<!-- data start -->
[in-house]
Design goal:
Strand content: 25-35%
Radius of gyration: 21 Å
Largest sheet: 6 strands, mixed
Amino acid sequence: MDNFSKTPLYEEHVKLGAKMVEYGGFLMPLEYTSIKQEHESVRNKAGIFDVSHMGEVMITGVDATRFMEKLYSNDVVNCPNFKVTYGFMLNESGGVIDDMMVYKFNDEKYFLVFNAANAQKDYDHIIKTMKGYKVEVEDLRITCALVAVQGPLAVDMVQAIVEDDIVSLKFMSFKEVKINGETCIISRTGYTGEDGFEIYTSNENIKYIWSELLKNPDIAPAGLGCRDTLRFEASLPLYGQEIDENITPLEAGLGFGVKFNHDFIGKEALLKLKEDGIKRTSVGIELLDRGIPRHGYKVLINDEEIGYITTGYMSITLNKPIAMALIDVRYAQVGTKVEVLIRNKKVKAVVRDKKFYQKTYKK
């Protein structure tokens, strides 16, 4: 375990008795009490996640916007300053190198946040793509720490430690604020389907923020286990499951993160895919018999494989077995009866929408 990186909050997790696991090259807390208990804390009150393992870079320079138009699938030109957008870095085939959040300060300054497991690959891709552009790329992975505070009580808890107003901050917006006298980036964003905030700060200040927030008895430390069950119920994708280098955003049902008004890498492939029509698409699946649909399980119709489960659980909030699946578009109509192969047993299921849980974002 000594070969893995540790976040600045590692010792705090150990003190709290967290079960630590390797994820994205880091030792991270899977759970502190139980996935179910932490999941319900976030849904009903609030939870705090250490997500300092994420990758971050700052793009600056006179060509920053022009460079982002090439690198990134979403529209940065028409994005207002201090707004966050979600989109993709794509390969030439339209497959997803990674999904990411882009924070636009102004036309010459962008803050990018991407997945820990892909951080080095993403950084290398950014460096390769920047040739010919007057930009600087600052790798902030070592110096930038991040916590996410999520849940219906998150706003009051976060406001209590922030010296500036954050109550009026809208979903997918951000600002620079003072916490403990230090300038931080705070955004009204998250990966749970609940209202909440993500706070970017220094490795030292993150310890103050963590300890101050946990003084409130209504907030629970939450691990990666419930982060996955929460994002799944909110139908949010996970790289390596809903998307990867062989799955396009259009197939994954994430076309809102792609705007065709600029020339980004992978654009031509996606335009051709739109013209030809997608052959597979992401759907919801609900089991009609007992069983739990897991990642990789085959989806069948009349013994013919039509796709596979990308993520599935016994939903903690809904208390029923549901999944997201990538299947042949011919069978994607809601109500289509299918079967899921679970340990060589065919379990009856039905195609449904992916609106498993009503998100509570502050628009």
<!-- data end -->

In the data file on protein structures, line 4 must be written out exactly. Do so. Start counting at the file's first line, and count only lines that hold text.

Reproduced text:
Radius of gyration: 21 Å